A 2011 photo shows Chris Taketa as he looks for liquor stored in a walk-in… (Jim Urquhart / Associated…)
A Utah lawmaker wants to ensure that the voices of drinkers will be heard in the state known for its strict regulation of alcohol.
His solution? A drinking test of sorts. But in this case, one has to drink to pass it.
A bill introduced by state Rep. Brian Doughty cleared a House of Representatives committee would require that at least two members of the state’s five-member Alcoholic Beverage Control Commission be drinkers. Loosening liquor laws in the state has been one of Doughty’s causes as a lawmaker.
The bill, HB 193, would require the governor to appoint two members to the commission only after signing an affidavit attesting to their drinking habits. The bill passed the committee on a 7-3 vote.
“At least two of the commissioners shall, for at least one year before being appointed and during their term, be consumers of an alcoholic product,” part of the bill reads.
An earlier version included a requirement that the appointed commissioners be “regular” drinkers, meaning having at least one alcoholic beverage a month.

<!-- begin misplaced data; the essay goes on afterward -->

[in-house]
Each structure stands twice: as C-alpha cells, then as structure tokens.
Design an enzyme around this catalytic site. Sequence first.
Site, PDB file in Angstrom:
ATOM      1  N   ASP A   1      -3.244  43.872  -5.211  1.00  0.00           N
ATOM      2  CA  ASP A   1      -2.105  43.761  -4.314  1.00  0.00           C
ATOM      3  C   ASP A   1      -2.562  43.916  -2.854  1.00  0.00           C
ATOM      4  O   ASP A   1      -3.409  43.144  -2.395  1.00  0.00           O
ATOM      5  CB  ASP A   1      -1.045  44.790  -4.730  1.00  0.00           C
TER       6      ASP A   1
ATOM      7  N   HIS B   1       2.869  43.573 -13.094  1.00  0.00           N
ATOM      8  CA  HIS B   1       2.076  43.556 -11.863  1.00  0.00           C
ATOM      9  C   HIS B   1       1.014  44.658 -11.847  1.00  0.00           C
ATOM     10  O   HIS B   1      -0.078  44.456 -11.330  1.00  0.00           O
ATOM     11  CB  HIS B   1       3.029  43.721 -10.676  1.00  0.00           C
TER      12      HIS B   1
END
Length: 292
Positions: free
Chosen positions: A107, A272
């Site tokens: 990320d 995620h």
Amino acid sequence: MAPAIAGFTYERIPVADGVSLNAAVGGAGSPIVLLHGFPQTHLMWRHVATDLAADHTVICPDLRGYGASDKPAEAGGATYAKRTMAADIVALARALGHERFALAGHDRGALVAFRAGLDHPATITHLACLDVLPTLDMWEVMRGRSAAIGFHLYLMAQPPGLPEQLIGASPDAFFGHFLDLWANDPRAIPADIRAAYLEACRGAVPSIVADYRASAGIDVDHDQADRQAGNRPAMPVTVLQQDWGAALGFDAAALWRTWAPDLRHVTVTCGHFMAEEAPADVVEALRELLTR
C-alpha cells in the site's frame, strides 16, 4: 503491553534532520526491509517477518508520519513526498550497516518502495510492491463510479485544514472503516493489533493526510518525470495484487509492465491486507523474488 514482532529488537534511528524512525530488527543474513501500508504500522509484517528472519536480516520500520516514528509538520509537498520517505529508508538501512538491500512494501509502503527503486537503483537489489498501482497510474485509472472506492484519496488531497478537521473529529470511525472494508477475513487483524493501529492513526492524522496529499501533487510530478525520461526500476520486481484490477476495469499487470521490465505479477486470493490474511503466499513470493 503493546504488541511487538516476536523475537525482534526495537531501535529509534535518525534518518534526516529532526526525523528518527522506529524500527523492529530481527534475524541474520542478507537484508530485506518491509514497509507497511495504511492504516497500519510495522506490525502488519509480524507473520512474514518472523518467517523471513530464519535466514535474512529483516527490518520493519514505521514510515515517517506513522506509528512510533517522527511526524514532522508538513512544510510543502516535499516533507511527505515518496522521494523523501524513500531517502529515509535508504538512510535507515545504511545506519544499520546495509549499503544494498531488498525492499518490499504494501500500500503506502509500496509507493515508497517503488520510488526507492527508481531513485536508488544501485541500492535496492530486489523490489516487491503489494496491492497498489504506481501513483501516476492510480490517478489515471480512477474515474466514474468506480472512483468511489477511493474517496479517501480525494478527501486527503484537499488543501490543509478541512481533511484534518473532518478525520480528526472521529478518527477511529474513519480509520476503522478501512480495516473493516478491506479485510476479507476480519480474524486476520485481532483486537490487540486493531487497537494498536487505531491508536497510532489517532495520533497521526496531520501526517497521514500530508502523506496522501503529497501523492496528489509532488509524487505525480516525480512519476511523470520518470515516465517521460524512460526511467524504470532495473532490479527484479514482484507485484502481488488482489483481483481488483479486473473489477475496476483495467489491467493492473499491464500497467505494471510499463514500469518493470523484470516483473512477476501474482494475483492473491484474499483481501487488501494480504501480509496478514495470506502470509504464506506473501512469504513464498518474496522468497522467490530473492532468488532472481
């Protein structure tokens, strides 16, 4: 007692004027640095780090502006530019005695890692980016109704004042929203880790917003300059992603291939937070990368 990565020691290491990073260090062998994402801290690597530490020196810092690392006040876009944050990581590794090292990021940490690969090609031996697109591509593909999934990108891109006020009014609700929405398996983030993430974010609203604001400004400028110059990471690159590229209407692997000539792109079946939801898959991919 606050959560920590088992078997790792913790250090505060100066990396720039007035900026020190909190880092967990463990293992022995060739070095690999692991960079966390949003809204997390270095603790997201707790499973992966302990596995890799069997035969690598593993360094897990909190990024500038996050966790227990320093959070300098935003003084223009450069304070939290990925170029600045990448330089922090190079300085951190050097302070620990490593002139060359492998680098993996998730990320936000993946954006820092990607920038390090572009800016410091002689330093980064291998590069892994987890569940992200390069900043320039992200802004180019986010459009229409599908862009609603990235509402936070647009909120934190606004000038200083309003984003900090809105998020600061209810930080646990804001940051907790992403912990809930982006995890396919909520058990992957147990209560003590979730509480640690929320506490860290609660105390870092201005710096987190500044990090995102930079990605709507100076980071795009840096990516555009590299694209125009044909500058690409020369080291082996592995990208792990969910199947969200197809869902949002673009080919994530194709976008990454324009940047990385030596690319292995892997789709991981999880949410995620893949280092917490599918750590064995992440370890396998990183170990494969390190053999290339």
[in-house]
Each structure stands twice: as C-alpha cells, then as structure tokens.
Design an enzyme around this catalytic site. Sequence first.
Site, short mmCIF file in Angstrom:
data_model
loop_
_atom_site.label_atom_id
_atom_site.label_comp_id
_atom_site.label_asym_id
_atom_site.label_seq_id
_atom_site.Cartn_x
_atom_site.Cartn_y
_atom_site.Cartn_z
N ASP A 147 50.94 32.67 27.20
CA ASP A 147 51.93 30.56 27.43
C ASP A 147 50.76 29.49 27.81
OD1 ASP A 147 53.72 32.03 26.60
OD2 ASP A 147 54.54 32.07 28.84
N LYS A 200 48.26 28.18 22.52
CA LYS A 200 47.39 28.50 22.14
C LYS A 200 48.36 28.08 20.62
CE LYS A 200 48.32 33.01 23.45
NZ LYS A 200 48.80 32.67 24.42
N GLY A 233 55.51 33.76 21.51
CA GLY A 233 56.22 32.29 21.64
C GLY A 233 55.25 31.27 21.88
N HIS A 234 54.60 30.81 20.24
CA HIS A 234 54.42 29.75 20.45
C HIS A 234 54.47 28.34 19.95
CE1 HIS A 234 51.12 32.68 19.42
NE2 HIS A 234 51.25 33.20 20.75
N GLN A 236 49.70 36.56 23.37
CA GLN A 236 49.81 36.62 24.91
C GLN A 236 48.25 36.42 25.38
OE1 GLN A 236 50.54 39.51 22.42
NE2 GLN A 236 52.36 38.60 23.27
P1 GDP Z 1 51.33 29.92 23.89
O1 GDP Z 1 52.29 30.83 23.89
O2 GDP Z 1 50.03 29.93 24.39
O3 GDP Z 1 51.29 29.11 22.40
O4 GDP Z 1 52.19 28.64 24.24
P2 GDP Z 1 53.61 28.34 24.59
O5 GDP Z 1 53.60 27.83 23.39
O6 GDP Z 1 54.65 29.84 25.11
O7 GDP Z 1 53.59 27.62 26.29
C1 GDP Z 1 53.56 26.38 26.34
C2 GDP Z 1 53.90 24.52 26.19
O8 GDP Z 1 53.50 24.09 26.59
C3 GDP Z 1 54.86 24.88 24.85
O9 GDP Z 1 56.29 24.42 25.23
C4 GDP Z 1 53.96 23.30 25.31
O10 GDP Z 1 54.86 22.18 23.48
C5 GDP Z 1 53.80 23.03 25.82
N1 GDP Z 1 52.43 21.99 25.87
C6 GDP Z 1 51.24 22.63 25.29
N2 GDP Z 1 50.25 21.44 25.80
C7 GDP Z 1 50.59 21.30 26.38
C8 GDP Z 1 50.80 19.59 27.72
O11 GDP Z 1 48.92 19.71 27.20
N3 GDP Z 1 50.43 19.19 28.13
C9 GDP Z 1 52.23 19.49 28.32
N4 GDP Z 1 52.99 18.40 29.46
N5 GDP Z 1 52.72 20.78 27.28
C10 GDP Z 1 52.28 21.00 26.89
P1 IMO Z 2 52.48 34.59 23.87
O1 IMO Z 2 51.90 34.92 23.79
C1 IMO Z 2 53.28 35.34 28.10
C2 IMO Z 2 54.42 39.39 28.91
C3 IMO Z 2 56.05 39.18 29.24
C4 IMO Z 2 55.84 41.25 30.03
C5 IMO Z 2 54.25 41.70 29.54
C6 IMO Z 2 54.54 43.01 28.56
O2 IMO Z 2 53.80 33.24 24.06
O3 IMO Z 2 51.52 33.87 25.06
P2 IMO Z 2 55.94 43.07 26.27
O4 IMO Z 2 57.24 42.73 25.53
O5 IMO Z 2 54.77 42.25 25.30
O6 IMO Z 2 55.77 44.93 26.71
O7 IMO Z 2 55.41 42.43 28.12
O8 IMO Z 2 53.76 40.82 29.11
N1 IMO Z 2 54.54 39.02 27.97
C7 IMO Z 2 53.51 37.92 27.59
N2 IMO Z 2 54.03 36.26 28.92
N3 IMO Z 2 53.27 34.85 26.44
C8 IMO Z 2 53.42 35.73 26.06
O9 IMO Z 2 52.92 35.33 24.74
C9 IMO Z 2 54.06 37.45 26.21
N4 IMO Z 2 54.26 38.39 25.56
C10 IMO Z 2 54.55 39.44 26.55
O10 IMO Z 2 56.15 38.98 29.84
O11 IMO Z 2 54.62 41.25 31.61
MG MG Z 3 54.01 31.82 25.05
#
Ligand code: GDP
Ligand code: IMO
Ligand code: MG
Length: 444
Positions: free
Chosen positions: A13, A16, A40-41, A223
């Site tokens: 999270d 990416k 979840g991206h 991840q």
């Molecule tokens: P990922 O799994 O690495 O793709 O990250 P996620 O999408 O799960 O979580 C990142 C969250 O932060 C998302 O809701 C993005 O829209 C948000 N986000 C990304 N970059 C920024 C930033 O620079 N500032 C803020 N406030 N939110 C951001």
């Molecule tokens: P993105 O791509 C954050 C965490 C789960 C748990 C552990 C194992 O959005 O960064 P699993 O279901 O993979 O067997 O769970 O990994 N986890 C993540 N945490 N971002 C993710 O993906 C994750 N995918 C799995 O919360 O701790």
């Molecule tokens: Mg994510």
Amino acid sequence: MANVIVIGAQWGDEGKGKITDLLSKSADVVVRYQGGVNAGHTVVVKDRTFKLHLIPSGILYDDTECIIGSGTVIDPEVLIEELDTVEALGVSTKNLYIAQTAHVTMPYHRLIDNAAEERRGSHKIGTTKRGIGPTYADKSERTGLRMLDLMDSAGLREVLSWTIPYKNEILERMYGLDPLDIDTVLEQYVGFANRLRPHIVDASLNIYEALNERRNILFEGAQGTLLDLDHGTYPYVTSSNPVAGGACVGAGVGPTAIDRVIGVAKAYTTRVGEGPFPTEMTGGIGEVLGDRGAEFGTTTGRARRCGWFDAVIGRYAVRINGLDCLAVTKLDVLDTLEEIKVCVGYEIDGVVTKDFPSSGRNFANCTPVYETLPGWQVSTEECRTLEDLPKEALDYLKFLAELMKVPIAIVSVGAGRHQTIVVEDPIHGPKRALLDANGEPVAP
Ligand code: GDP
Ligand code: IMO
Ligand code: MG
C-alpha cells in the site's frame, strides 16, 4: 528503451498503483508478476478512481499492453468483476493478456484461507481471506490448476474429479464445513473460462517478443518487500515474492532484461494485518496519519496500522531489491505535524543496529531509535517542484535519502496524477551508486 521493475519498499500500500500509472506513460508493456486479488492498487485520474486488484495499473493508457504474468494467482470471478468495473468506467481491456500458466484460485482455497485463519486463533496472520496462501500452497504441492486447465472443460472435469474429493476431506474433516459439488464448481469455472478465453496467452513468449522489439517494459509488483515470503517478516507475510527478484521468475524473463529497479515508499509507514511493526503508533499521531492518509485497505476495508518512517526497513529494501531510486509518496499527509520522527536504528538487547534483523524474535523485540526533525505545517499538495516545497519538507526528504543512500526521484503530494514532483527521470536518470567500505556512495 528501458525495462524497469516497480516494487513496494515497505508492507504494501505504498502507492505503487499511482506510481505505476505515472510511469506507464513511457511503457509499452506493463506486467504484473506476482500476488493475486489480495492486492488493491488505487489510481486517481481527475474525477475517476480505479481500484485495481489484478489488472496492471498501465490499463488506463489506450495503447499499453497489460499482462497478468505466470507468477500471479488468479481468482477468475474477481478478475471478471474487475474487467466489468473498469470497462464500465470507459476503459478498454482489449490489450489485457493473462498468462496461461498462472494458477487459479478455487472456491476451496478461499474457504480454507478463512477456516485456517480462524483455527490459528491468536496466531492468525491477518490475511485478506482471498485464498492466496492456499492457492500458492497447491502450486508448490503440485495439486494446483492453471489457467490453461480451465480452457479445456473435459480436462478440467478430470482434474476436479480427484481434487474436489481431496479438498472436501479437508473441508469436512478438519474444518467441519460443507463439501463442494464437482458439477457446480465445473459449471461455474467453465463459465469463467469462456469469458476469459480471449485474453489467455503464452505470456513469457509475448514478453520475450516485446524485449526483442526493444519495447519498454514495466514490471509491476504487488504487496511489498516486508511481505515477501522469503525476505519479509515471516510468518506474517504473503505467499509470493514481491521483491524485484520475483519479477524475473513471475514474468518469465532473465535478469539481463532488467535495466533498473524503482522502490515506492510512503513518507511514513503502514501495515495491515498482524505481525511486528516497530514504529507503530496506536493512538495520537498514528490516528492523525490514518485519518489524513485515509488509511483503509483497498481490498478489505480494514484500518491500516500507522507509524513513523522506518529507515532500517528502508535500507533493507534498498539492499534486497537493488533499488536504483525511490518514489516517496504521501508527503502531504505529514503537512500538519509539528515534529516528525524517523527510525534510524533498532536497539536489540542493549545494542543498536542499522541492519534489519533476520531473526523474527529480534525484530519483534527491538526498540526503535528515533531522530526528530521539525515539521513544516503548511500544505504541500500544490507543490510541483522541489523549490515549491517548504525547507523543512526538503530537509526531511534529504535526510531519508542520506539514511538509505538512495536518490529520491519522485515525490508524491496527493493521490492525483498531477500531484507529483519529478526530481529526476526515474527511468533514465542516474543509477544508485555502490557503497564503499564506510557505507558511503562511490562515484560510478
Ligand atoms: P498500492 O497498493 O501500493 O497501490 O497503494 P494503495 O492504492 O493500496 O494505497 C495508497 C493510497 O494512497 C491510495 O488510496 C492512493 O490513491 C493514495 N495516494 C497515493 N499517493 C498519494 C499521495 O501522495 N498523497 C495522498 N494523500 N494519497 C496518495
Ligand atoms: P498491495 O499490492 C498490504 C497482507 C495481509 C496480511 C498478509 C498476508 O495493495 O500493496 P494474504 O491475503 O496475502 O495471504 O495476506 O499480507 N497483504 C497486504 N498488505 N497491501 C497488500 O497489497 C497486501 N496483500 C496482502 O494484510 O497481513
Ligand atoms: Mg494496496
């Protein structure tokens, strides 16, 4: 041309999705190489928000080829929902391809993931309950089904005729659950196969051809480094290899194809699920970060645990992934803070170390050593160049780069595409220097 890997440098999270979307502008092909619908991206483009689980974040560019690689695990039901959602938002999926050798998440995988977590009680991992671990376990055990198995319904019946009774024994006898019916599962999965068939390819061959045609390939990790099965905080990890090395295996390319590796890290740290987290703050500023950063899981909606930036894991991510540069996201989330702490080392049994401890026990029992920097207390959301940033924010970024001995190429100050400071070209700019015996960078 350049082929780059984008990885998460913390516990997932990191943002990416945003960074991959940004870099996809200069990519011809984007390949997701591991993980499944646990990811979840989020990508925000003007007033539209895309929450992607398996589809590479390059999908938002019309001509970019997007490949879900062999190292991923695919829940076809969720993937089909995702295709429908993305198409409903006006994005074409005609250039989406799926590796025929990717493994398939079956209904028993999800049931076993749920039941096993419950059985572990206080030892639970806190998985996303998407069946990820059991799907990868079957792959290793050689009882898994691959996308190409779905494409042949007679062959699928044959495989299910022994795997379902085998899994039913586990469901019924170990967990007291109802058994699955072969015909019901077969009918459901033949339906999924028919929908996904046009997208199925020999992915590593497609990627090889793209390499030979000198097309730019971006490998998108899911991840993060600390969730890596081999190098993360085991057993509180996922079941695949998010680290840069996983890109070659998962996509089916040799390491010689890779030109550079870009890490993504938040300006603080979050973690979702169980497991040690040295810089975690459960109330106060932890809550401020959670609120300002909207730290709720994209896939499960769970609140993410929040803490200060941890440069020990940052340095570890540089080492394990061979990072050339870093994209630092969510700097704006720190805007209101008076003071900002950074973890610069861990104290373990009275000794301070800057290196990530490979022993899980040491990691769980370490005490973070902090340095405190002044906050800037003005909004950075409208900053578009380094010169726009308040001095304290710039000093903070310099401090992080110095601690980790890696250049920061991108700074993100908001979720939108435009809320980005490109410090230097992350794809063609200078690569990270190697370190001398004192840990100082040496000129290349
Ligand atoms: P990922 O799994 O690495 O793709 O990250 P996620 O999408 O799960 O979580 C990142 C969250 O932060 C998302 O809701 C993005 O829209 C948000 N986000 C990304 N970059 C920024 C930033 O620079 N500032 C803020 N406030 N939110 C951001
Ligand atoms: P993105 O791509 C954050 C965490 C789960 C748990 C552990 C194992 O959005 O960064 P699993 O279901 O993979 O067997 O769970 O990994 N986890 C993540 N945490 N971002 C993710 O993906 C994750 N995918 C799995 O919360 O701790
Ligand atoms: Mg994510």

Utah’s restrictive liquor laws have long been in place. About 70% of state residents are members of the Church of Jesus Christ of Latter-day Saints, which teaches its members to abstain from drinking alcohol.
The strict laws have been criticized in the past by members of the Utah tourism industry, which argue they miss out on business because the laws drive away lucrative conventions to neighboring Colorado.
For such reasons, former Gov. Jon Huntsman Jr., himself a Mormon, successfully pushed for a loosening of the state’s liquor regulations when he was in office. But state law still prohibits drinks from being mixed in front of restaurant patrons and does not allow drinkers to order a “double” at the bar.
Last year the state banned a mini-keg, dubbed the Chubby, which can hold as much beer as 14 12-ounce bottles. Regular beer kegs are already banned, except for authorized beer retailers.
Utah’s current legislative session ends in less than two weeks.
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